Membership of OBC has over the years not only boosted my collection, but its also given me a wonderful education in card collecting and connected me with many collectors across the US who I now count as good friends. Its also given me the appreciation of the joys of helping out fellow collectors whether it be through trade or (more fun) through sending out cards unsolicited. Thanks to OBC, a wide variety of online auction sites, and several dealers with whom I’ve developed relationships, my collection has grown from strength to strength. Since 1990, I’ve completed a run of Topps Baseball sets from 1968 to 1980 (more on the significance of that year in a later article!), as well as sets from 1960 (my birth year set!) to 1962, 1964 and 1965. I only need a handful of cards to knock off the 1963, 1966 and 1967 sets and have recently started working on sets from the 1950s.

In addition to baseball cards, I also work on US football and hockey sets from the late 1960s/early 1970s period, and Detroit Tigers, Detroit Lions (football) and Detroit Red WIngs (hockey) team collections from all eras. Lastly, I’ve also managed to put together a tidy little collection of cards relating to Bobby Thomson, who was born right here in Glasgow and went on to hit “The Shot Heard Round The World” in 1951 – one the most famous home runs in the history of the game. Although I do collect some newer stuff – mostly Topps Heritage Baseball – my real love is for vintage cards.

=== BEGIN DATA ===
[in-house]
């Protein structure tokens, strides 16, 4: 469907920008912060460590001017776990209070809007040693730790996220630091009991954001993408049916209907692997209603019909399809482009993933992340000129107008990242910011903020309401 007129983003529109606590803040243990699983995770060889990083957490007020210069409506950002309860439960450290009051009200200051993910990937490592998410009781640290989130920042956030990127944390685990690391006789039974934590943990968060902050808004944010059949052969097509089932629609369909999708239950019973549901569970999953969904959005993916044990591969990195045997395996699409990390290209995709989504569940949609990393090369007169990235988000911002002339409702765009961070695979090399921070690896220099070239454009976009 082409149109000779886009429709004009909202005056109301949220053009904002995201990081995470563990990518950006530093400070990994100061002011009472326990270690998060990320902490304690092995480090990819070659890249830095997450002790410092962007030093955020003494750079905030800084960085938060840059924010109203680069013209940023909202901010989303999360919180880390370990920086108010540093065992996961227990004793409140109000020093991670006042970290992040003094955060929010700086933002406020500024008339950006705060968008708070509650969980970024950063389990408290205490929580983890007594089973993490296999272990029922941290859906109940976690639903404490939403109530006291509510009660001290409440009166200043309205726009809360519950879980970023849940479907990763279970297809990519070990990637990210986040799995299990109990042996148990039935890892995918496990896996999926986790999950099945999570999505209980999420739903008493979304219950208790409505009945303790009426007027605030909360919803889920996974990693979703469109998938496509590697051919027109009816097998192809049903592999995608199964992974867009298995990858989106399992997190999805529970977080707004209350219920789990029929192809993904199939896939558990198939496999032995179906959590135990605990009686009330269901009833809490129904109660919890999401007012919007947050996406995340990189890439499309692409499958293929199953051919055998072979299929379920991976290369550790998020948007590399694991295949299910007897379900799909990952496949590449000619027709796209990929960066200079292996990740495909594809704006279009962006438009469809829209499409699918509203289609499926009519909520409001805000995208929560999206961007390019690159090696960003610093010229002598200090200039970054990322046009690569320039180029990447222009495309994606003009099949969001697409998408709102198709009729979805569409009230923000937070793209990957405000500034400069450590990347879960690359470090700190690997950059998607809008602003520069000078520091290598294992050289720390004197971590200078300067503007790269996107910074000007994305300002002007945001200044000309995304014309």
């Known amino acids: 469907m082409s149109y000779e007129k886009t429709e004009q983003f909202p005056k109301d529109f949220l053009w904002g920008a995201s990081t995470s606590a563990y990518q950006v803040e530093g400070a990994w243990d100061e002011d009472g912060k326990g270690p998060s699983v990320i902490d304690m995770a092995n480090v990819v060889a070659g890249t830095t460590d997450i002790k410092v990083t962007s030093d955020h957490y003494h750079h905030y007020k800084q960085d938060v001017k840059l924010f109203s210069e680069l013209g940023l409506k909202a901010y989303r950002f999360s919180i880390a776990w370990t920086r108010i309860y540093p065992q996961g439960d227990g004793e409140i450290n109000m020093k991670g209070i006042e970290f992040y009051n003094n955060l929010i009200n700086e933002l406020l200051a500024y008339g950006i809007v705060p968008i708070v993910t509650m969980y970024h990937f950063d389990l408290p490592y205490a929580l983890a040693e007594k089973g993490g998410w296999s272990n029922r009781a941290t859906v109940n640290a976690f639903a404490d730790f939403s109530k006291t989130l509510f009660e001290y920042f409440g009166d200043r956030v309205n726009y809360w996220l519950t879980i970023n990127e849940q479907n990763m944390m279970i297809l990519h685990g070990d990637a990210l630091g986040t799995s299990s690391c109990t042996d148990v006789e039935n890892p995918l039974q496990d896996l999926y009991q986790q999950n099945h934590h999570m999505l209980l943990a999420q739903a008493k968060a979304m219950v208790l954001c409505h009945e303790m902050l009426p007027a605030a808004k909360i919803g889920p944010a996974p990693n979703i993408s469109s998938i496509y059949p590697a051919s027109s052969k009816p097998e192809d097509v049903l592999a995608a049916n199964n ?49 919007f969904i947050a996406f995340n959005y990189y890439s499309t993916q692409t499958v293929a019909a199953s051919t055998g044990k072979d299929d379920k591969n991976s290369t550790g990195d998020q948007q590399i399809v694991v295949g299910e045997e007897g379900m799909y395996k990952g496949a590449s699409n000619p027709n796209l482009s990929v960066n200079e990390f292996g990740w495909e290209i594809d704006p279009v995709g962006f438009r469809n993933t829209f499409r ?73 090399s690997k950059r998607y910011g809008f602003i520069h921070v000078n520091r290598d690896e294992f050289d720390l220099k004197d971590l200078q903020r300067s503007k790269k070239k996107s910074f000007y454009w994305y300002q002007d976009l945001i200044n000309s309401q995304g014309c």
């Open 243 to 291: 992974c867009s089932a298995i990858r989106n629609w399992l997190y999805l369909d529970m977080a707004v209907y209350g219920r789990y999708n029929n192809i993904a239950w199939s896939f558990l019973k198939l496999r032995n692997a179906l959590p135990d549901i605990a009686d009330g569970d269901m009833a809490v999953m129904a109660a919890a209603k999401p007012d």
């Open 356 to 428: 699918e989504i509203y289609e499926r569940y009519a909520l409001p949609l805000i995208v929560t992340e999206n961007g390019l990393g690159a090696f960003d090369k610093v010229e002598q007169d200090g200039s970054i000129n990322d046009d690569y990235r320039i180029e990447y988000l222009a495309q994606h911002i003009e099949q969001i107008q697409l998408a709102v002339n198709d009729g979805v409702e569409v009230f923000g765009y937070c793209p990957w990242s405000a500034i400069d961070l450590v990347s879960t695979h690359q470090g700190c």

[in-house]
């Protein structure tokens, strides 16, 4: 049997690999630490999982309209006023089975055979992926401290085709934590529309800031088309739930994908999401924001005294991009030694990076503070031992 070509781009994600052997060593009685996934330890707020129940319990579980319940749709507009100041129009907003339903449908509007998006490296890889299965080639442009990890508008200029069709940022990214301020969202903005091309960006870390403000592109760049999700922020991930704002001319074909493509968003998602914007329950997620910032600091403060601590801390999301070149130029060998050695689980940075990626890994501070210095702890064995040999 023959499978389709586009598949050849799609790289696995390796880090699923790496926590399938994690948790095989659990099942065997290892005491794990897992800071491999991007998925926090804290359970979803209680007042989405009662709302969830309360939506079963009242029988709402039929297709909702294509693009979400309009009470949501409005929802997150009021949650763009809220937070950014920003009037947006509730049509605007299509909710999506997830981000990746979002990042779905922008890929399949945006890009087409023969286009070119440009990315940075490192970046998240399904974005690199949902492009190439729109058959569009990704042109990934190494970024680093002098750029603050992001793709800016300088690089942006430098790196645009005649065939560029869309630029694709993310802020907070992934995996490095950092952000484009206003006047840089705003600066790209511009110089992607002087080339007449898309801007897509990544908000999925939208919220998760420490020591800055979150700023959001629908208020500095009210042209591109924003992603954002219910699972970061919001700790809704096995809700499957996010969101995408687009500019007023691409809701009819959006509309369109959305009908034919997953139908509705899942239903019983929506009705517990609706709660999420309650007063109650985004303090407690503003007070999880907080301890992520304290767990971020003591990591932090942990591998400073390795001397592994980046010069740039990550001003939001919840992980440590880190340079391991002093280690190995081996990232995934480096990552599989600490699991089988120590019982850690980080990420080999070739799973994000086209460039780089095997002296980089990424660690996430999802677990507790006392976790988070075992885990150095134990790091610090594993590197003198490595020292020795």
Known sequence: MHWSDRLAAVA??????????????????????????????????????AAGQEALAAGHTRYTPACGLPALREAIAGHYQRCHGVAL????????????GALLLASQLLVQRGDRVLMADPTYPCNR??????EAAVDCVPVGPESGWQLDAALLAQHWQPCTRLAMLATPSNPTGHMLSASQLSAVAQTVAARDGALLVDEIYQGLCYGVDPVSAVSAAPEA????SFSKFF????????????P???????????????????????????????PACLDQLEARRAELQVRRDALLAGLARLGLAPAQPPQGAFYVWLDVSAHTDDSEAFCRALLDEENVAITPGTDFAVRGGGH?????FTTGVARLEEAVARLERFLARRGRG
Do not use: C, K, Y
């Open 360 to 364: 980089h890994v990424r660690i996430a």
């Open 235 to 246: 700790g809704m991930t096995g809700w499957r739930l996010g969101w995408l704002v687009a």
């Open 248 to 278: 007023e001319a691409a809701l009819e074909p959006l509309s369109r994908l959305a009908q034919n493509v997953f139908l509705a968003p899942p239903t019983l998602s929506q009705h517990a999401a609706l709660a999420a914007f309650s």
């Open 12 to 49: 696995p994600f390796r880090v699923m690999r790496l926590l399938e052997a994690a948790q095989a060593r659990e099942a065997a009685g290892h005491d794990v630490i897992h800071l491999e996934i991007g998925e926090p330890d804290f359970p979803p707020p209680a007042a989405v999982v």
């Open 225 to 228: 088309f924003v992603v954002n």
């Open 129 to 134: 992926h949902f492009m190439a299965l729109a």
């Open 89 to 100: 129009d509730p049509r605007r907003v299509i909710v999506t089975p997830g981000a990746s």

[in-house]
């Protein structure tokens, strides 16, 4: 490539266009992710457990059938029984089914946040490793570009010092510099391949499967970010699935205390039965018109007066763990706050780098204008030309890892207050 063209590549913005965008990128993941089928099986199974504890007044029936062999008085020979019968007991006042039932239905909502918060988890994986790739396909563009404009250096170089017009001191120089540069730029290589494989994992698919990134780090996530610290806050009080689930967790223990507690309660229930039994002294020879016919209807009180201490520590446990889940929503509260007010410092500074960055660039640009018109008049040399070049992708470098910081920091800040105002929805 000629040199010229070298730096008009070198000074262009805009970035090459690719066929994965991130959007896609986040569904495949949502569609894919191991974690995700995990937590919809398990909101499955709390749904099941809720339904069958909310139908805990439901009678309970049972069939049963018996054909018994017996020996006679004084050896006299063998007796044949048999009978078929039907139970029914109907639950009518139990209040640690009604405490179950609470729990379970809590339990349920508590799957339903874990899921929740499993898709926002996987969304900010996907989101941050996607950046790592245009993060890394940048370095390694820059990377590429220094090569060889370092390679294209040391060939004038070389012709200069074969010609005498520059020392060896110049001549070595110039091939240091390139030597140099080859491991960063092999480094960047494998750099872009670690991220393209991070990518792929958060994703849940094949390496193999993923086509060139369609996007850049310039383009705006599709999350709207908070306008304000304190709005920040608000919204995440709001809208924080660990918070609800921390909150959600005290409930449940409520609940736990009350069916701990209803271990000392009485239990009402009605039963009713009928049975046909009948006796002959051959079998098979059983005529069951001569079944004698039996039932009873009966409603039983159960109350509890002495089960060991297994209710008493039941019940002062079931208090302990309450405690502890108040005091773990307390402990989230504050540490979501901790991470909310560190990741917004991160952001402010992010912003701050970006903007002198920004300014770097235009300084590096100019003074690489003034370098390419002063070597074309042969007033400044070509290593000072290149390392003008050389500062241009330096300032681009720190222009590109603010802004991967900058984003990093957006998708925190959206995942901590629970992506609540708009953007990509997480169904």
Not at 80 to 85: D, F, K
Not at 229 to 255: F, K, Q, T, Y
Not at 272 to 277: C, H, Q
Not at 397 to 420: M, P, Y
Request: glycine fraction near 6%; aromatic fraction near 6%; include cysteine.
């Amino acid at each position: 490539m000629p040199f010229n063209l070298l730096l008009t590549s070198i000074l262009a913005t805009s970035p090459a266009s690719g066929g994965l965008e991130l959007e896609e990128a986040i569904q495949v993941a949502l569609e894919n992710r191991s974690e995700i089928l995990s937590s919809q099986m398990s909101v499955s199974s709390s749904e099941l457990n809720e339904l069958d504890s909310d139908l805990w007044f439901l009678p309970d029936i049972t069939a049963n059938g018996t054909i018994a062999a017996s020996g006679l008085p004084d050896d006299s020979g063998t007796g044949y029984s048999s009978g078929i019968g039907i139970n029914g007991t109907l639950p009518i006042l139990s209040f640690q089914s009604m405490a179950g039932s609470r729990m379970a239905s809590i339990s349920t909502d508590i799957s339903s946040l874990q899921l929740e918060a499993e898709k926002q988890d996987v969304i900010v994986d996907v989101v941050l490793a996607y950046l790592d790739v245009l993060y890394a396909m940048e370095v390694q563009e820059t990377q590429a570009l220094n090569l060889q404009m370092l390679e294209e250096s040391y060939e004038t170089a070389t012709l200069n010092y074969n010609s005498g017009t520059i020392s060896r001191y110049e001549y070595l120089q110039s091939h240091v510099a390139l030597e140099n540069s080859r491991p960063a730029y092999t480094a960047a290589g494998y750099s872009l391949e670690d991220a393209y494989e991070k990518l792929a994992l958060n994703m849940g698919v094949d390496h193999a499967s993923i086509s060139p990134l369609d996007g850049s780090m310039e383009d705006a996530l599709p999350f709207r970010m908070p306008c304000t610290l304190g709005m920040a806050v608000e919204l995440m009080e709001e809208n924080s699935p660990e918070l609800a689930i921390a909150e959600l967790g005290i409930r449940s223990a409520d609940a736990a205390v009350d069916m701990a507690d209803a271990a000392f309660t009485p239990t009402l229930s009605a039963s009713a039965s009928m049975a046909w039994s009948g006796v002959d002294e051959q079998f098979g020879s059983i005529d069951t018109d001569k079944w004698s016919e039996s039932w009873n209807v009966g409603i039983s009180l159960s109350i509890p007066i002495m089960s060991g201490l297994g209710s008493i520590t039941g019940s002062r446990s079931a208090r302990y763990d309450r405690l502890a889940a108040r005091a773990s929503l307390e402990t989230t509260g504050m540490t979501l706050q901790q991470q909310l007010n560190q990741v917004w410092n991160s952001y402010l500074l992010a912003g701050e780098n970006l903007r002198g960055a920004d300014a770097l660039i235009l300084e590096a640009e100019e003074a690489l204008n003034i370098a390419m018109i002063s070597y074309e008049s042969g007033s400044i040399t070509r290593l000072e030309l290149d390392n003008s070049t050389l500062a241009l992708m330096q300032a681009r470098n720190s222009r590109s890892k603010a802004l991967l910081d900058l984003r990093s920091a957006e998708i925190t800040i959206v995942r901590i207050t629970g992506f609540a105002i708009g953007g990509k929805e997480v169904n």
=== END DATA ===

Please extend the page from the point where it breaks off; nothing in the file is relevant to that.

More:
I’ve already got several ideas for articles floating around in my head – and believe me, there is plenty of space for stuff to float in! – which I hope you readers will find interesting. One thing I’d like to make clear though…..I really don’t consider myself an “expert” on vintage cards or the art of the hobby. I’ll do my best to get my facts straight, but I’m well aware that I’m still learning new stuff all the time. Hopefully, I’ll be able to share some of this knowledge with you as we go.

I’d like to thank Andy for the opportunity to contribute to this blog, and I look forward to your comments, questions, and opinions.